Levi Breaks Through Leads Senior PGA
Levi's two-day total of 3-under-par 137 marks the highest score to hold the lead through the midway point of the championship since 1990 when Harold Henning and Gary Player shared the top spot.
The four players at the top are the only golfers under par at Firestone Country Club as high rough and slick greens have made play difficult.
One of the best golfers on the over-50 circuit struggled Friday as Tom Kite, one of the three co-leaders after the first round, shot a 3-over 73. He is tied for 10th at 1-over-par and is joined by a large group headlined by former champions Hale Irwin and Ray Floyd.
Jack Nicklaus, who has battled back injuries, opened with a 1-over 71 Thursday but did not play as well in round two. He shot an 8-over-par 78 and made the cut on the number at 9-over-par 149.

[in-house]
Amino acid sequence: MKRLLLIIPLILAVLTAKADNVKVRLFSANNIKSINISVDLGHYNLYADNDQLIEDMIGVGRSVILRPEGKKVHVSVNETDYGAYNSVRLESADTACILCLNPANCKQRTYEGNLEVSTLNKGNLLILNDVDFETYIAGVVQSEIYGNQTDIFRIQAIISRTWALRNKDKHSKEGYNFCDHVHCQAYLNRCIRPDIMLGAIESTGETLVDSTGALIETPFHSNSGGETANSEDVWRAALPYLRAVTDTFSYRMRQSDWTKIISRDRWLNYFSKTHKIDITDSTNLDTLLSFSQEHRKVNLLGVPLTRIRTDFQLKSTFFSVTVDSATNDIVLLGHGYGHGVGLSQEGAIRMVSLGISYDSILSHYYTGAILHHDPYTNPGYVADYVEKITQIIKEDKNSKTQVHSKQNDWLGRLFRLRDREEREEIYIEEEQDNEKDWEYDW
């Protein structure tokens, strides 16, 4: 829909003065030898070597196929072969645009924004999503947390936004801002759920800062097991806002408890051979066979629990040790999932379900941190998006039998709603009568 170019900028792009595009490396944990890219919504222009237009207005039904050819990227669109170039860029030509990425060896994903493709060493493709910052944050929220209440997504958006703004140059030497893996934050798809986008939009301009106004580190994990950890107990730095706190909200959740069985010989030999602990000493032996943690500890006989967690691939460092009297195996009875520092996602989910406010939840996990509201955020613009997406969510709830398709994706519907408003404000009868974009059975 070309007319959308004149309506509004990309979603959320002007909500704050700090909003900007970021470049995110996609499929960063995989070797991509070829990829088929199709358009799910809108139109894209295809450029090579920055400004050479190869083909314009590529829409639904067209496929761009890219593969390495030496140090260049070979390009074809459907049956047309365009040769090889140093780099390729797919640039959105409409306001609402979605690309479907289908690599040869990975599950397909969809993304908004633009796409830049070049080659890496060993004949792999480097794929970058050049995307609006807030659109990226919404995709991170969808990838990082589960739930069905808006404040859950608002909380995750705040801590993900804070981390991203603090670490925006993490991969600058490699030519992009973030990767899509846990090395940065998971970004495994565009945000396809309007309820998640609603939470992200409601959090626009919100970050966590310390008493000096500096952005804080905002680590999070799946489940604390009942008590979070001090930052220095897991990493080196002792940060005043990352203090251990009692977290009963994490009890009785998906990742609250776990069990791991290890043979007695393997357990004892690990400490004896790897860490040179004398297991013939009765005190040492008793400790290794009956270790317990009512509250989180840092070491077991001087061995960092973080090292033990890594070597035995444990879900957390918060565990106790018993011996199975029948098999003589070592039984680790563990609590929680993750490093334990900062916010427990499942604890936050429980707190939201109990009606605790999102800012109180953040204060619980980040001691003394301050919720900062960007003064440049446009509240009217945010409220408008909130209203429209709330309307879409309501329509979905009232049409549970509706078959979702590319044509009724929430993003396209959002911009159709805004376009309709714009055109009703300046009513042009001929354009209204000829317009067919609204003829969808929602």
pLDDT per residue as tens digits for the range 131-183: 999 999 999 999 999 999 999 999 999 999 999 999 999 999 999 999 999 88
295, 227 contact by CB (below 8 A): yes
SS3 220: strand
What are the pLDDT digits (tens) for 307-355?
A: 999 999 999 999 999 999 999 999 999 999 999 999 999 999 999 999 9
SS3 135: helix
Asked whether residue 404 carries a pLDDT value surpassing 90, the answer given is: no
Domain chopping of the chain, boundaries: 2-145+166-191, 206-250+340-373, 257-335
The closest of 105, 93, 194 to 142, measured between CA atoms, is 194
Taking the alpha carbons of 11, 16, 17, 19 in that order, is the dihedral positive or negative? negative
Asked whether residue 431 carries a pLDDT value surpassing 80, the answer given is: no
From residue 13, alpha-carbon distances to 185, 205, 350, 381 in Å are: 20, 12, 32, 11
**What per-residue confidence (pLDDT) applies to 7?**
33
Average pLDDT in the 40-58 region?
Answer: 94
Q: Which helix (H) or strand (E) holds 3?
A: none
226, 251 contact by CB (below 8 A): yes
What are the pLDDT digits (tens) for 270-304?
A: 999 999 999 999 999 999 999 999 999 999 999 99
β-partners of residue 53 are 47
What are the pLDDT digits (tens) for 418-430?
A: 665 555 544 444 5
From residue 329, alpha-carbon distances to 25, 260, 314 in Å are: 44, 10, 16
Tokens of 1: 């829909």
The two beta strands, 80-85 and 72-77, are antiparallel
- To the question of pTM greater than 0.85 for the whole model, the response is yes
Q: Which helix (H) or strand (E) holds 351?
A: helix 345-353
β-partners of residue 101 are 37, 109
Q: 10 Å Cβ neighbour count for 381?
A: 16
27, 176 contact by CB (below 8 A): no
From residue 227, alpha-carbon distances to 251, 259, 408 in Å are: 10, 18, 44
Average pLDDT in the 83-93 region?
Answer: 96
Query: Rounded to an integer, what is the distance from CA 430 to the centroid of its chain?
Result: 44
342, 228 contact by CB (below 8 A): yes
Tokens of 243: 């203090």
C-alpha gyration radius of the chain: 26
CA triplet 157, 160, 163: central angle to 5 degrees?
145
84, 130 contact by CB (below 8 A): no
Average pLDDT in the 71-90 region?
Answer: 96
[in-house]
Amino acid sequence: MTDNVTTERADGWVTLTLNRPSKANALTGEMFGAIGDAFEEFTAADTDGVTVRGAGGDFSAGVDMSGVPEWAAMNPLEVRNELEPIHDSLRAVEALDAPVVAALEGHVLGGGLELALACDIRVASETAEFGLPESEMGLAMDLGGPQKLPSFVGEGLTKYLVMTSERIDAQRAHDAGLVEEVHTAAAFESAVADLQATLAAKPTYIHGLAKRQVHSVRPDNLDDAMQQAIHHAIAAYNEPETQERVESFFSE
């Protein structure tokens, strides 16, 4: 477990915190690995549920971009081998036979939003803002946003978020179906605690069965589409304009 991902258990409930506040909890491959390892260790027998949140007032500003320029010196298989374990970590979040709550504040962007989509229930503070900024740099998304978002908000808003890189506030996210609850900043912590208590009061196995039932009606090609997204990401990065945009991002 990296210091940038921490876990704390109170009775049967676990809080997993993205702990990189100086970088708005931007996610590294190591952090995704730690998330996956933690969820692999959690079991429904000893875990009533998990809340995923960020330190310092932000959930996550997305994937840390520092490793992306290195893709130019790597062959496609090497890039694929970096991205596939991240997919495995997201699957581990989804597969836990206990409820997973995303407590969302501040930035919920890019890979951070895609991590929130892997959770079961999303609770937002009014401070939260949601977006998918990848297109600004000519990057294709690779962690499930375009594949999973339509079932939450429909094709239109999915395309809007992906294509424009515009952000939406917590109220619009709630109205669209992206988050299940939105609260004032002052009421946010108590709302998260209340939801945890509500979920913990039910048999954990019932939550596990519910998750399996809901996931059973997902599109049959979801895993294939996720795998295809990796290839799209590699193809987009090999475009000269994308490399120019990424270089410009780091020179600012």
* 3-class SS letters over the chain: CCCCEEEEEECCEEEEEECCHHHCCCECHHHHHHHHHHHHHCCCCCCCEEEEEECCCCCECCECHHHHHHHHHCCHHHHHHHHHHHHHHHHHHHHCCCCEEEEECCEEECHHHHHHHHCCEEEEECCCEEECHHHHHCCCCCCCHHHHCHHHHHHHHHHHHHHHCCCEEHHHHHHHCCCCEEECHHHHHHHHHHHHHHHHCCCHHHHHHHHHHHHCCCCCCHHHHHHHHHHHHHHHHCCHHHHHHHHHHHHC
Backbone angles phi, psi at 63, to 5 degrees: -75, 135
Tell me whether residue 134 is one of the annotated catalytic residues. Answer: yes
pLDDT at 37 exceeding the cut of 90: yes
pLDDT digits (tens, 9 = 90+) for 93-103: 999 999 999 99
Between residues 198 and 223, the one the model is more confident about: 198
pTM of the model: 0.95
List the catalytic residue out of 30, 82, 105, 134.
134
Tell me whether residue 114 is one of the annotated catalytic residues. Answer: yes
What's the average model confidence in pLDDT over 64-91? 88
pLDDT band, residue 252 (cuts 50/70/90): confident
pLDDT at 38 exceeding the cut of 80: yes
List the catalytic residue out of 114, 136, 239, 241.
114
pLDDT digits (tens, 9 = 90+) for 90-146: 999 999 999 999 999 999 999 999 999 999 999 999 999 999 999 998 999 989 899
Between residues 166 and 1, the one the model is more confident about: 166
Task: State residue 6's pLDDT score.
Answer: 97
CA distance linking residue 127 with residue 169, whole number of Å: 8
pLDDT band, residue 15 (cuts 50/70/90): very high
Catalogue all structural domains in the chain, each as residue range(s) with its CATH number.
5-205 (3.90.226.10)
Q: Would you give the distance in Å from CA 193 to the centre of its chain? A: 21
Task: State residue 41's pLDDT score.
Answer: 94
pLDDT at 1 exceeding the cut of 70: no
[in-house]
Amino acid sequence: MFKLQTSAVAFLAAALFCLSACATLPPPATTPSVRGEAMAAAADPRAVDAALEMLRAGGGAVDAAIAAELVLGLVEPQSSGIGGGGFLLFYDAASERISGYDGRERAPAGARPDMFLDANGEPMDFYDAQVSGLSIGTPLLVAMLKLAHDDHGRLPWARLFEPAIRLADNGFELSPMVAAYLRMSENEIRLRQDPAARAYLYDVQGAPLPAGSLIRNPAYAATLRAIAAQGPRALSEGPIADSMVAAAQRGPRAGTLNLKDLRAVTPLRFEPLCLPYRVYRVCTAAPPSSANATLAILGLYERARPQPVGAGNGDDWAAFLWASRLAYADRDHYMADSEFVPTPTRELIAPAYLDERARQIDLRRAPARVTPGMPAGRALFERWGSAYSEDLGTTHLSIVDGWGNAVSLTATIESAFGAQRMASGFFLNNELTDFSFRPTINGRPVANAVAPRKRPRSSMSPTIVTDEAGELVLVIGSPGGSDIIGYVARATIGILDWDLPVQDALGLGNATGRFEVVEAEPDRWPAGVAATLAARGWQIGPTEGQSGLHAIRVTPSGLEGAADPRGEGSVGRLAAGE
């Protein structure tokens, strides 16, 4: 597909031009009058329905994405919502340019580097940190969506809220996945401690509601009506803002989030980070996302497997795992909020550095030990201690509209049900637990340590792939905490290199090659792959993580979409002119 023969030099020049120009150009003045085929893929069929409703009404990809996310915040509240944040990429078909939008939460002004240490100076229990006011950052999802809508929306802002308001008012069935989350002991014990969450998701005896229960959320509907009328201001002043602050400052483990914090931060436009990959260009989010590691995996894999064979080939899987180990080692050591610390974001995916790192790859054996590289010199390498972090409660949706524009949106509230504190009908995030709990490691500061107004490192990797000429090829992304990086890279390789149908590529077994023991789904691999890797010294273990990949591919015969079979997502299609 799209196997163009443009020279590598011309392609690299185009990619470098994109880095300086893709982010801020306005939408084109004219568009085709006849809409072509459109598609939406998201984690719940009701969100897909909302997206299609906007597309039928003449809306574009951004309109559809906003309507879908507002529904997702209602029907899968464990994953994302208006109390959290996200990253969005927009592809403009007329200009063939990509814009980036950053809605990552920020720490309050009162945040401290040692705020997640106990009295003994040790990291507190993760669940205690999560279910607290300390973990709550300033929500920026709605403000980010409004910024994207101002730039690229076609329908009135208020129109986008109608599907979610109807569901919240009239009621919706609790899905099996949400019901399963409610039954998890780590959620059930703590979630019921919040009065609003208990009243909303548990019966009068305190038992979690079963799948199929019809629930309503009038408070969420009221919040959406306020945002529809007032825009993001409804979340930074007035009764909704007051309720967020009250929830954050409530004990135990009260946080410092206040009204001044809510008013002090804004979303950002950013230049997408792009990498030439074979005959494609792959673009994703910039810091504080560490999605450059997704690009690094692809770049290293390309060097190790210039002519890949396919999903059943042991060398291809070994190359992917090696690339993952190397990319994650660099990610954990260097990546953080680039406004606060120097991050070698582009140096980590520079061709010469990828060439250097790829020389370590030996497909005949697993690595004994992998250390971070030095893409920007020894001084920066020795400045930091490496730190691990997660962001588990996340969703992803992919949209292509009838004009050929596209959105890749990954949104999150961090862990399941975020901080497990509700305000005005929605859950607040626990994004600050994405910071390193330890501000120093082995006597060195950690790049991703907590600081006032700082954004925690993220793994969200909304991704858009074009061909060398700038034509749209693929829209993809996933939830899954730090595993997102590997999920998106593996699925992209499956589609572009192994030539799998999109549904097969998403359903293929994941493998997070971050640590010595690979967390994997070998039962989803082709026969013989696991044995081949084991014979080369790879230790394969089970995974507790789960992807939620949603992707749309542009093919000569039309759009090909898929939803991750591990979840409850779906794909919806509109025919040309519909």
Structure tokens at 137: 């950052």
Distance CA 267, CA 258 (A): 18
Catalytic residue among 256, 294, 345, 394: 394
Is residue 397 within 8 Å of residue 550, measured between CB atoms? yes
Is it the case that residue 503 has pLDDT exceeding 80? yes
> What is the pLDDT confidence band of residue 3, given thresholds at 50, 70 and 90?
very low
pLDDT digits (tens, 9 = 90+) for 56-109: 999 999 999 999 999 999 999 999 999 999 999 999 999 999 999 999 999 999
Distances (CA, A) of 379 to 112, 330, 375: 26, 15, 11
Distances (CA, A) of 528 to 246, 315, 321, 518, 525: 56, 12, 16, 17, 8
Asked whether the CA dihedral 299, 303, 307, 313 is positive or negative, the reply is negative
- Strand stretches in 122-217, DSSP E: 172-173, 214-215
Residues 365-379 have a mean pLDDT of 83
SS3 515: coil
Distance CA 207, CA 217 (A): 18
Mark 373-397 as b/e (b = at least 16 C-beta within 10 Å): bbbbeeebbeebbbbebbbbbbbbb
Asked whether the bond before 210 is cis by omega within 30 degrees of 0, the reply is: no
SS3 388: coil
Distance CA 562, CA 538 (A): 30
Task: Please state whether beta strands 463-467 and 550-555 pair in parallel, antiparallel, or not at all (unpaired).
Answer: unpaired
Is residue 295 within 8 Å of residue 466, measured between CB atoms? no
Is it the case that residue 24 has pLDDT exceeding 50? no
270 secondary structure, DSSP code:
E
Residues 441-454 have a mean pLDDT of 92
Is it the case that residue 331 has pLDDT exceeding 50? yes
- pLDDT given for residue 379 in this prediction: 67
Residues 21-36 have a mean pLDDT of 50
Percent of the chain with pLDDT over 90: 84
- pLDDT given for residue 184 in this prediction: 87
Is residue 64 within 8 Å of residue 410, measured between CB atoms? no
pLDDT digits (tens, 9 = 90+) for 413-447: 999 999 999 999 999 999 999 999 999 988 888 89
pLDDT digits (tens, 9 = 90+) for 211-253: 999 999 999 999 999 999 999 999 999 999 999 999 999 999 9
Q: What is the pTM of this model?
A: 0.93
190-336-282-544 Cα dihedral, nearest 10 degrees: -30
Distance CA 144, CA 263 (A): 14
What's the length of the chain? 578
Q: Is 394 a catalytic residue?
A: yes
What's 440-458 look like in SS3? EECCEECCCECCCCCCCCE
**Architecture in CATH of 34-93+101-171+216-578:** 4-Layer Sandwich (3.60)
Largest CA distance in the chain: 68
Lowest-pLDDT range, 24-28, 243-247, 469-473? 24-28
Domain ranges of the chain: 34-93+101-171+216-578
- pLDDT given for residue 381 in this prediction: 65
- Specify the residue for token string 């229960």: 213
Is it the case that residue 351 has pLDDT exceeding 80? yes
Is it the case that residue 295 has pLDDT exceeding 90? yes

Had Nicklaus not carded an even-par 35 on his second nine Friday he could have missed the cut and in the process snapped one of the most impressive streaks in his storied career. Nicklaus has made every cut in a major tournament since joining the elder circuit in 1990, a streak that has now reached 46 consecutive championships.
'I don't worry about cuts - I'm more interested in hitting good shots,' said Nicklaus, who has been forced to withdraw from two majors on the Senior Tour. 'I was pretty pleased with the back nine. You know, I don't really worry about my injuries, it's just years of playing golf taking its toll. All I can do is take one shot at a time. Some days you are good and some days you aren't, and today I wasn't very good.'
Jim Thorpe, the first major champion of the year at The Tradition, is tied for fifth place with Jay Overton, Bobby Wadkins, Bob Gilder and Fuzzy Zoeller. The group stands at even-par 140.